The flight however, the first leg of a 6-week four continent roadie, was nothing short of magnificent. Having been forced out of the Schengen Area one day before my visa expired, I painfully said goodbye to Helene and nervously approached the customs desk at St. Exupery Airport in Lyon.Technically Americans are allowed two three-month stays in the Schengen Area every calendar year. But the stays are supposed to be separated by a three-month period in which you return to your home country.  In my case, I left the Schengen Area to travel to England two days before my first visa expired. I returned through the Geneva airport where a confused customs agent checked my passport, looked up at me and said, “Well I guess I’ll just stamp it.” Meaning instead of kicking me out of Europe and sending me home – which he had every right to do – he gave me three more months.

But I wasn’t going to press it as the penalty could be a several-year exclusion from the continent of Europe. And it was entirely feasible that the customs agent in Lyon could review my passport and still inflict a penalty. My on going joke with my French friends was that when I leave they’ll either get a text from Istanbul or a phone call asking them to find me a lawyer. Thankfully the customs agent simply looked for a blank page and stamped my passport. I have to admit at sometimes during my stay I was quite stressed out about being an illegal alien but with one vigorous pump of an exit stamp, all of that angst evaporated.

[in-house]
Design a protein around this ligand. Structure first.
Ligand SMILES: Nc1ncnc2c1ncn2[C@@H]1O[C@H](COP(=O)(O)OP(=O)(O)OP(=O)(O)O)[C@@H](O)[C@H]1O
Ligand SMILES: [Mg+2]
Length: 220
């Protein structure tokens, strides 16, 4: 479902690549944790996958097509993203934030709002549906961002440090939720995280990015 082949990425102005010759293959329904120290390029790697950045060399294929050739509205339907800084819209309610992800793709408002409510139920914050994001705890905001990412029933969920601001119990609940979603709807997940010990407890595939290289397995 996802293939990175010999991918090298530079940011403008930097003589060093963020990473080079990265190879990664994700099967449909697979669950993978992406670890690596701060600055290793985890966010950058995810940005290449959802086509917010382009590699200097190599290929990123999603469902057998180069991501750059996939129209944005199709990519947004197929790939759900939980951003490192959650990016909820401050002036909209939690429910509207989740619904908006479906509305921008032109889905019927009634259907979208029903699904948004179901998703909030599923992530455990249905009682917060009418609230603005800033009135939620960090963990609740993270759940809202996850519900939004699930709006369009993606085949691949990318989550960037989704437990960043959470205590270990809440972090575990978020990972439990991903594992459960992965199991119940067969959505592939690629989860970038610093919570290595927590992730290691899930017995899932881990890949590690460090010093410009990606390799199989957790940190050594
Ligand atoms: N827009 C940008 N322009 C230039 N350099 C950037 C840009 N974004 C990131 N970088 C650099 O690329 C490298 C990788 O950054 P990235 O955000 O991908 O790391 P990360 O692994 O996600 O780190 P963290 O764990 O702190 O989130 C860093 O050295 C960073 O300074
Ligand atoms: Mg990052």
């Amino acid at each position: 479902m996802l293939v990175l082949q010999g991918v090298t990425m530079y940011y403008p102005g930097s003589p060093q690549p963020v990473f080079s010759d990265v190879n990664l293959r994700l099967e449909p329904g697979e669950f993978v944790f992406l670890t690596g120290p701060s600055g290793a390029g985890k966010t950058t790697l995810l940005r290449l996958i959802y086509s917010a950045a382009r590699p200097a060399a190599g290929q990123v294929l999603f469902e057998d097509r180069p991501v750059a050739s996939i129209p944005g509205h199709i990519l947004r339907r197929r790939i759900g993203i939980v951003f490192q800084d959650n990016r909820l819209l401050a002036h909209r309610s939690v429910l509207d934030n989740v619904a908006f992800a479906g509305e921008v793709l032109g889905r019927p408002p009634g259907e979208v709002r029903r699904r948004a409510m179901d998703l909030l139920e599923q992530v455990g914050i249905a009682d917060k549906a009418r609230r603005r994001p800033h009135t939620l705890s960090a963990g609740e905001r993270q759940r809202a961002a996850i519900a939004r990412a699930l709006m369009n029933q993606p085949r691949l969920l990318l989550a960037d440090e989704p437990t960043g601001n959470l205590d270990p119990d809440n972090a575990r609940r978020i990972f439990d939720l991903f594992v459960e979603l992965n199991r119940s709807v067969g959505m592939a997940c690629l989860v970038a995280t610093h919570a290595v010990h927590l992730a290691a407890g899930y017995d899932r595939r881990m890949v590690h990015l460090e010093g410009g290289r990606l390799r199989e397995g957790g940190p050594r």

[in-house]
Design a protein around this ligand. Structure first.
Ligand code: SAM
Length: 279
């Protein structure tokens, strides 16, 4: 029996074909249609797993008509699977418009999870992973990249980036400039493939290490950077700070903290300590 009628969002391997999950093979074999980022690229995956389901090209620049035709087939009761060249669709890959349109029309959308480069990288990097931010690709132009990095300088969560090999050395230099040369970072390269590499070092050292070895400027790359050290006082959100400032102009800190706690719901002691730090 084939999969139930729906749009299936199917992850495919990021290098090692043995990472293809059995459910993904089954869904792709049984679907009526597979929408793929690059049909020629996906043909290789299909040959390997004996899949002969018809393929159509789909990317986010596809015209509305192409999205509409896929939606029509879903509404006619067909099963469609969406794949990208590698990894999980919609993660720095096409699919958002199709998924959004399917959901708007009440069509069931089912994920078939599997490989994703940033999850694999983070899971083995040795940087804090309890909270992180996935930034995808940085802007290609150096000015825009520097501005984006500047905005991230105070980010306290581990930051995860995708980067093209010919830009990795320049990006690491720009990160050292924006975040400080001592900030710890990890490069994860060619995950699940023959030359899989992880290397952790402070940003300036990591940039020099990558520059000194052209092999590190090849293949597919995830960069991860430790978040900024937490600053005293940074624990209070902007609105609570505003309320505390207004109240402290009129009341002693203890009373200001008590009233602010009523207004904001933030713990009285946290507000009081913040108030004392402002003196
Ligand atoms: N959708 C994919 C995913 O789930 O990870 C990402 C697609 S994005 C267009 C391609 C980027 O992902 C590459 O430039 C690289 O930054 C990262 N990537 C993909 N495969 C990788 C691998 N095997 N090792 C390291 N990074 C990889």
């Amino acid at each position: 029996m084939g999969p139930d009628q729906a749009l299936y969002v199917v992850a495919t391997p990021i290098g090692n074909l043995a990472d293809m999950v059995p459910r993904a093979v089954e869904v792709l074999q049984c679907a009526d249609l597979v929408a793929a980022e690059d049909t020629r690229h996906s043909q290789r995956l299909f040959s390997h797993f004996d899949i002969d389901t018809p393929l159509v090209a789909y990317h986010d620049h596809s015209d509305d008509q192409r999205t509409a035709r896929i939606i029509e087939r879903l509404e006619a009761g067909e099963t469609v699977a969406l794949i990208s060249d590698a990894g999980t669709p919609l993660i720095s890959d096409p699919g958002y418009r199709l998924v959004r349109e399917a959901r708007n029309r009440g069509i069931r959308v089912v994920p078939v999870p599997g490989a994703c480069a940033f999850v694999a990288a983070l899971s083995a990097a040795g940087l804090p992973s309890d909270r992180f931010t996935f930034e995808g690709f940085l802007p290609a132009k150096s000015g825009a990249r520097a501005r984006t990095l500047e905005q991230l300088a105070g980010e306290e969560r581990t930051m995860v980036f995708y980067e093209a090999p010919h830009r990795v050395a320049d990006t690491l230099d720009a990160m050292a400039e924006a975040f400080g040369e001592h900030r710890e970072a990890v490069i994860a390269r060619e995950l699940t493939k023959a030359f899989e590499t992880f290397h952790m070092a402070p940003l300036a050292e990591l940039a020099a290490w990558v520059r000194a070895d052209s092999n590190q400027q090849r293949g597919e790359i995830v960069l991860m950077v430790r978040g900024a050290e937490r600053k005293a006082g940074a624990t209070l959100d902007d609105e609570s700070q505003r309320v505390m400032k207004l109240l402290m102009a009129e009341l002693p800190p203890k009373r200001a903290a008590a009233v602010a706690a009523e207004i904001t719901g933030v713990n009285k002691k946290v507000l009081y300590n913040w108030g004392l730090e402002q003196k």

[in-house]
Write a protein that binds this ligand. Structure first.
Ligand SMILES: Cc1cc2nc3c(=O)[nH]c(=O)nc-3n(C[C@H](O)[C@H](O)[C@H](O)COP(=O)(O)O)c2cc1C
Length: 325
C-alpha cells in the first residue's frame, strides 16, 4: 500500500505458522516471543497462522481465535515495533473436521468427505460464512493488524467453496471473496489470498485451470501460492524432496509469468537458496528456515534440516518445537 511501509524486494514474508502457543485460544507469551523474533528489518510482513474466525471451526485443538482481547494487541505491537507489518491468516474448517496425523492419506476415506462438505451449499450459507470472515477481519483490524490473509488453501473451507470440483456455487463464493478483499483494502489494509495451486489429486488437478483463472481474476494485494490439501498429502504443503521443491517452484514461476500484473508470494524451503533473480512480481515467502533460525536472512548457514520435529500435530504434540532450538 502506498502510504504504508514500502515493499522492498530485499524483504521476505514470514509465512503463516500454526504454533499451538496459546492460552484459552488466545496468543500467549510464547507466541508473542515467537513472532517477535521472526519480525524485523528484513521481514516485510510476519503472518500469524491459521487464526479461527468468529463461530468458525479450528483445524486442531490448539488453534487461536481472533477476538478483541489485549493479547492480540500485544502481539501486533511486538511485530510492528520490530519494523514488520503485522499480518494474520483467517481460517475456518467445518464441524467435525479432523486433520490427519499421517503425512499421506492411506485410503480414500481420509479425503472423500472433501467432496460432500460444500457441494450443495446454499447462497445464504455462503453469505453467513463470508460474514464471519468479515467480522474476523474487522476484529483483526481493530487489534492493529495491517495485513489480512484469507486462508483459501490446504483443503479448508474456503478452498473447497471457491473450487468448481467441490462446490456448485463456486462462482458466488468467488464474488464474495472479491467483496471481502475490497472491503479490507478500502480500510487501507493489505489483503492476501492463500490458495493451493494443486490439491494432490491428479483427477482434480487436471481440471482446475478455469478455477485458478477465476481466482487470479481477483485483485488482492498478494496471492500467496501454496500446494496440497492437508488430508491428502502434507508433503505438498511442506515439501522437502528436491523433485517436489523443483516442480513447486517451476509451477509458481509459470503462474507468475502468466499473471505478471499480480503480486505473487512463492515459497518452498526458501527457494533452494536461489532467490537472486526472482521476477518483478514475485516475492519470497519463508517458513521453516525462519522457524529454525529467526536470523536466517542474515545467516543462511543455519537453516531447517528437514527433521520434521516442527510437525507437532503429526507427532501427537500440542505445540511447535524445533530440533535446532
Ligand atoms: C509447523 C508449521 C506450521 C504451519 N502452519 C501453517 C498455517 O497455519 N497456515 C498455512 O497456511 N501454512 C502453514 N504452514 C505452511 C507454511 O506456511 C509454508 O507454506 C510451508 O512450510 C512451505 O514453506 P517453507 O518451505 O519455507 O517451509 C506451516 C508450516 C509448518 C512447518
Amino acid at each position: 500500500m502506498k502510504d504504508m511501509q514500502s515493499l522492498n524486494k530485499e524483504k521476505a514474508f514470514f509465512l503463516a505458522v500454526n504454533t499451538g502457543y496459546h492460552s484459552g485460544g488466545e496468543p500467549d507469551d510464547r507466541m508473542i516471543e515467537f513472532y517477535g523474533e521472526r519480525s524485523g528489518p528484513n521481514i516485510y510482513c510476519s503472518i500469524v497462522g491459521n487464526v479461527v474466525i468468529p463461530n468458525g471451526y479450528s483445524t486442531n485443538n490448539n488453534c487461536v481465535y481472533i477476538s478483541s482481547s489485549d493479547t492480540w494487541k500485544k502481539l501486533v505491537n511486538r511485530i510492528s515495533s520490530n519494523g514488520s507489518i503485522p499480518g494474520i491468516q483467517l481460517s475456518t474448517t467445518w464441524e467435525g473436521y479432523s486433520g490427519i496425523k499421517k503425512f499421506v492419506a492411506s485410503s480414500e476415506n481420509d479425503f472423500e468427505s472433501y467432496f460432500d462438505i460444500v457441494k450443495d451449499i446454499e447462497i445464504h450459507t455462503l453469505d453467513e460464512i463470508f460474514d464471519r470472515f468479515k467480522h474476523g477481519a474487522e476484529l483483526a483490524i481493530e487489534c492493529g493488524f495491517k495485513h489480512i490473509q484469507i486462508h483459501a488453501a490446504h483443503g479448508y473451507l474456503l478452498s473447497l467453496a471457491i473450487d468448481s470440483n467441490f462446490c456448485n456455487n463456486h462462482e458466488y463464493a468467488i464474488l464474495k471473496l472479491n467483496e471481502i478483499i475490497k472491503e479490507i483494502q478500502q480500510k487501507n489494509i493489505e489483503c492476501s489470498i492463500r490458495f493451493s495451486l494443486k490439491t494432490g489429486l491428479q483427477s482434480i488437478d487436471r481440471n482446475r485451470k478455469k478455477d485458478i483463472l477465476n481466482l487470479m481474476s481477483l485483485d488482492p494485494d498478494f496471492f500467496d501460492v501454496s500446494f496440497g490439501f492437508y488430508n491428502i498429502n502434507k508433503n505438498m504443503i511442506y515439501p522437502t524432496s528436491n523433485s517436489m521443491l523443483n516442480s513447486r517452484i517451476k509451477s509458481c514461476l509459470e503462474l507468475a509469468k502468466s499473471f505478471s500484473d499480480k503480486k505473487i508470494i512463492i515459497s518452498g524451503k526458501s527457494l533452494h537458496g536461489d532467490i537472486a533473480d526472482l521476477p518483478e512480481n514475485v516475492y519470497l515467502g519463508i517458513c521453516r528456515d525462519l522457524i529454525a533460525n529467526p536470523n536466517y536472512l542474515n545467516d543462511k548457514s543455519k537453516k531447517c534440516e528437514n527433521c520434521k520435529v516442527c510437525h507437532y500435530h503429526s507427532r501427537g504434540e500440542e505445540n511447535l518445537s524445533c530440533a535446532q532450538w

I was loaded onto the plane and in minutes took off on one of the most glorious flights I have ever been on. The Turkish Air A330 Airbus swung north out of Lyon then angled off to the East flying past every place I love in France. We floated over Les Avenieres where I spent four epic years and then continued directly over the mountain cliffs I used to stare at before launching 80 ft. high dives. On the other side of those cliffs lay Aix les Bains where I spent the last six months and the Lac du Bourget where I trained on my hand bike. I traced the bike paths back to my apartment but had to look away as it was a bit too painful to think that I no longer lived there.

Once past Aix the flight veered over the Savoyarde capitol of Chambery and headed directly to the French Alps, where I spotted my friend Vincent’s house just outside of the Olympic city of Albertville. Luckily I had a window seat facing North so I saw all the big Alpine peaks including Mt. Blanc, The Eiger and the Matterhorn.  The plane drifted south over Italy where I had a clear view of the Milan Cathedral and just a few minutes later the funky fish eye of Venice.

Before the sun set I caught reflections of the Adriatic along the Dalmatian Coast where in 1986 my brother Dan and I spent five chilling January nights incarcerated in a Ford Escort. An hour later we were circling the Bosphorus with a crescent moon, the symbol of Turkey, blazing in the distance.